# Reviews of Nicolas Chuquet's book

As far as we know, Nicolas Chuquet only wrote one book and he completed the manuscript in 1484. It was used by Estienne de La Roche in writing his book

*Larismethique**nouellement composée*(1520), but otherwise was effectively lost for 400 years until the arithmetic and algebra parts were published by Aristide Marre in 1880. Further important work was published by Hervé l'Huillier in the 1970s. Below we give reviews of books which are major contributions to publishing Chuquet's work.**1. Nicolas Chuquet, Le Triparty en la Science des Nombres. Par Maistre Nicolas Chuquet Parisien, publié d'après le manuscript fonds français n°1346 de la Bibliothèque nationale de Paris et précédé d'une Notice par M Aristide Marre. Offered with: Problèmes numériques faisant suite et servant d'application au Triparty en la Science des nombres de Nicolas Chuquet, Parisien. Extrait de la seconde partie du ms. n°1346 du fonds français de la Bibliothèque nationale, annoté et publié par Aristide Marre (1880).**

**1.1. Information from: Sophia Rare Books (2020).**

First edition, the rare offprint issues, of the most original mathematical work of the fifteenth century, indeed the most important since Fibonacci's

*Liber Abaci*almost three centuries earlier (a work which was also not published until the nineteenth century). Composed in 1484, but published here for the first time, this first French work on algebra introduced several ground-breaking innovations into European mathematics, notably the use of exponents to denote powers of a number and the use of negative numbers in the solution of equations. The first part of

*Le Triparty*concerns the arithmetic operations on numbers, including an explanation of the Hindu-Arabic numerals. Chuquet gave a 'règle des nombres moyens' according to which a fraction could be found between any two given fractions by taking the sum of their numerators and dividing by the sum of their denominators. This rule could be used to find the solution of any problem soluble in rational numbers, once an upper and a lower bound for the solution had been found. The last, and most important part, concerns the 'règle des premiers', which is nothing less than what we would call 'algebra', 'premier' being Chuquet's name for the unknown. He also had specific names for the square, cube and fourth power of the unknown, but for higher powers he invented an exponential notation of great significance. In particular, it laid bare the laws of exponents, which played a crucial role in the subsequent invention of logarithms. Also in this part, Chuquet studied the solution of equations, making use for the first time of isolated negative numbers (and on one occasion of the number zero).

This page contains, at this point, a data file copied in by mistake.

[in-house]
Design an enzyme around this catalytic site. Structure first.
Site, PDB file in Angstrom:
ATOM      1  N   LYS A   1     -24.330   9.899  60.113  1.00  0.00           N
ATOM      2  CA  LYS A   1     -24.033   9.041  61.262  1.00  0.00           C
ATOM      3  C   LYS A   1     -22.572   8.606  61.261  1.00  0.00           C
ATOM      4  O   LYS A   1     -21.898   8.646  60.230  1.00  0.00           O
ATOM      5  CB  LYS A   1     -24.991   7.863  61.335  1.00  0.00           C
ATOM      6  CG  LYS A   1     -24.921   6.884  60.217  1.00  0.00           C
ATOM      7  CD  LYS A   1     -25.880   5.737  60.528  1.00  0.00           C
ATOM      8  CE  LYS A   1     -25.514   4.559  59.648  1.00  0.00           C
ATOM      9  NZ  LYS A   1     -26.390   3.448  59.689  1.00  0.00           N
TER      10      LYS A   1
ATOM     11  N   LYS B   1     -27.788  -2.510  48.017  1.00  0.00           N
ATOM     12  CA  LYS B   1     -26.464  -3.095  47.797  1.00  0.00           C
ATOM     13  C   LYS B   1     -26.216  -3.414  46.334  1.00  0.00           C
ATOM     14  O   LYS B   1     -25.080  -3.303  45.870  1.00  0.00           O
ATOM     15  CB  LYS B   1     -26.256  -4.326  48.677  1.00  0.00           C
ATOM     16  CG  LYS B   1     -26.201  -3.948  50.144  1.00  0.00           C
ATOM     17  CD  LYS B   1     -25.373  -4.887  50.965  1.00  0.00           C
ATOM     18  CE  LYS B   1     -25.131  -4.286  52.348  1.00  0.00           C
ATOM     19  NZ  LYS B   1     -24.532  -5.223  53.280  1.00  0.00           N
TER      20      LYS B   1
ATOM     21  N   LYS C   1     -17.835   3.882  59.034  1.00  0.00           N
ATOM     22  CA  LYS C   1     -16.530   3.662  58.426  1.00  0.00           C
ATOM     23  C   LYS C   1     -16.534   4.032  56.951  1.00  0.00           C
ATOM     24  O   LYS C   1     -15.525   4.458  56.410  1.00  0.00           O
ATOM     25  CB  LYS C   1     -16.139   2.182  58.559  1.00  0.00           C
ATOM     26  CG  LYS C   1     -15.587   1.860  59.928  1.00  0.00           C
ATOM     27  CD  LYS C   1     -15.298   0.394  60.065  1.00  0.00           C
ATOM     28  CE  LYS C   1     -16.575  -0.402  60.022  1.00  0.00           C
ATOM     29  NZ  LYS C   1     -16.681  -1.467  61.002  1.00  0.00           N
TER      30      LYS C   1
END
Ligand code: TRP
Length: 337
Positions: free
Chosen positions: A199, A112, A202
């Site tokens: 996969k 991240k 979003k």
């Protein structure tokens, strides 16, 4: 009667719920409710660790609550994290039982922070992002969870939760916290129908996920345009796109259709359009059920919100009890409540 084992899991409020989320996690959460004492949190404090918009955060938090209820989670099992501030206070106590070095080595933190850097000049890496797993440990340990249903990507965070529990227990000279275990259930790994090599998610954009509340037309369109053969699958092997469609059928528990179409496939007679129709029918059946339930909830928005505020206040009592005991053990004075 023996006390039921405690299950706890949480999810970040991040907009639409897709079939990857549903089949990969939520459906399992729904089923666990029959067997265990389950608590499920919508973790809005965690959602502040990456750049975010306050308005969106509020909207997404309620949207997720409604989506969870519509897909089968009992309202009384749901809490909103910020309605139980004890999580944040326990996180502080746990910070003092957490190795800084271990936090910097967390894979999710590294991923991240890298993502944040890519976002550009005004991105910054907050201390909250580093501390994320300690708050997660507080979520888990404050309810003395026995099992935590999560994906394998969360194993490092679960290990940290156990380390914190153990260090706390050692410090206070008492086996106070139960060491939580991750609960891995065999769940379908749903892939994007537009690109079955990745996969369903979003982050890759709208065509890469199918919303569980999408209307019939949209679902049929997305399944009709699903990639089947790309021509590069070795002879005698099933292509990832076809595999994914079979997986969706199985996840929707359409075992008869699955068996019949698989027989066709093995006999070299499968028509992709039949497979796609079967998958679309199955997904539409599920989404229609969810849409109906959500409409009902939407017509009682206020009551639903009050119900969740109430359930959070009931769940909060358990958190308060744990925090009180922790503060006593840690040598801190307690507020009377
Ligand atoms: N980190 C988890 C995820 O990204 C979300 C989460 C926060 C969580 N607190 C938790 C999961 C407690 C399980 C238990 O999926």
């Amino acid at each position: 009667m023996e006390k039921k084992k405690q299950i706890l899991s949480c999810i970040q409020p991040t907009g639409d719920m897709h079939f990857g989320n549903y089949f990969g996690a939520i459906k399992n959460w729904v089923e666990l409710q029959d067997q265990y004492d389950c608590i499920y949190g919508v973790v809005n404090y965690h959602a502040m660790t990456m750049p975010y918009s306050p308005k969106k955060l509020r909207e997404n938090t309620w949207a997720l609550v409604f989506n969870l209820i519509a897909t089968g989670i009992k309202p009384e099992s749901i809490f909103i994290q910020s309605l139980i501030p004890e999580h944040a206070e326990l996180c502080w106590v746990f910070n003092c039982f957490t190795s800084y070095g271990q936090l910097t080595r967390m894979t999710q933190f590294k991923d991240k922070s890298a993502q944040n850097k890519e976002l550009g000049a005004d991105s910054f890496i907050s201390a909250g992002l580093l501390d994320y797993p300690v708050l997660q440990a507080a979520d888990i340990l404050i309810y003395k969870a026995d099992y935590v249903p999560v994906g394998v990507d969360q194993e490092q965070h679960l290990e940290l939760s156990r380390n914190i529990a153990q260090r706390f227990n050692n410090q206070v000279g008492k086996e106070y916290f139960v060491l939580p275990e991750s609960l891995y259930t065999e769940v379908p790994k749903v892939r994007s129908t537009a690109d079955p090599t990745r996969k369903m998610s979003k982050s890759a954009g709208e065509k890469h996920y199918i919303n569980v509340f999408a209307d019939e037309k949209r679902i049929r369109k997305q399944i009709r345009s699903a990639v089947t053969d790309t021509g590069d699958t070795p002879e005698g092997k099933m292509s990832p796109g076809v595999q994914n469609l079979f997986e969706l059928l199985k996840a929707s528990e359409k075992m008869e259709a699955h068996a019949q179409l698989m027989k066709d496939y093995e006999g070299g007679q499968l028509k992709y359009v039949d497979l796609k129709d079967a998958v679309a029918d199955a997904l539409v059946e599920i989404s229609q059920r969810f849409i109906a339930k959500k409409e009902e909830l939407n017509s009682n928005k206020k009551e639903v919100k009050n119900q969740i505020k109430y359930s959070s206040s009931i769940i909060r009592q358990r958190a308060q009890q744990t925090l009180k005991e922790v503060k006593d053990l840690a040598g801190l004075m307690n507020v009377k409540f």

*Problèmes numériques*contains Chuquet's statement and answers to 156 problems solved using the methods of

*Le Triparty*. "Many of these problems have a long history going back at least as far as the

*Greek Anthology*reputedly collected by Metrodorus some one thousand years earlier. In Chuquet they are solved by various methods, including the 'rule of three' and the 'rule of one and two positions', but the significant part of the section on problems is where Chuquet applies his 'rule of first terms,' that is, his algebra" (Flegg et al, page 25).

**2. Nicolas Chuquet. La géométrie: Premiere géométrie algébrique en langue française (1484). Edited with introduction and notes by Hervé l'Huillier (1979).**

**2.1. Review by: Joann Morse.**

*Isis*

**72**(1) (1981), 112-113.

Nicolas Chuquet's

*La géométrie*, like other treatises on practical mathematics, is above all a collection of problems. It contains over two hundred, from the determination of a mountain's height to the calculation of the area of a regular heptagon. Chuquet drew his problems from an old and diverse tradition that encompassed Roman

*agrimensores*, professors in medieval universities, and Italian masters of the abacus. We can determine the divisions and developments of this tradition only through the meticulous comparison of problem collections, tracing identical solutions or similar styles from one manuscript to another. Hervé l'Huillier's patient and scholarly edition provides this necessary background for understanding Chuquet's work.

*La géométrie*merits such detailed attention. Unlike most of his predecessors, Chuquet combined two strands in medieval practical geometry, a "Latin" geometry of instruments and a "vernacular" tradition of areas and volumes. The introduction and notes establish parallels between Chuquet's synthesis and that of contemporary

*maestri d'abaco*, enhancing our understanding of these Italian sources and their dissemination north of the Alps. Moreover, many solutions rely on the algebra Chuquet had taught in the Triparty. Taken together, this treatise on algebra and

*La géométrie*illustrates the connections between different aspects of practical mathematics. Finally, the editor presents variants from an earlier version along with the text of the 1484 manuscript. Thus we have a rare opportunity to study the development of one mathematician's practical geometry.

The edition, a readable photo-reduction of a typescript, is an exemplary presentation of a mathematical manuscript. L'Huillier places each carefully redrawn diagram near its problem, and frequently adds a translation of the proof into symbolic notation. The modern version never intrudes on Chuquet's own style, however, and l'Huillier conscientiously indicates where they differ. Two appendixes provide a helpful summary of Chuquet's algebraic notation and a glossary of mathematical terms-particularly useful for a text in fifteenth-century French. Those interested in mathematical education in the late Middle Ages will find a valuable source in l'Huillier's edition of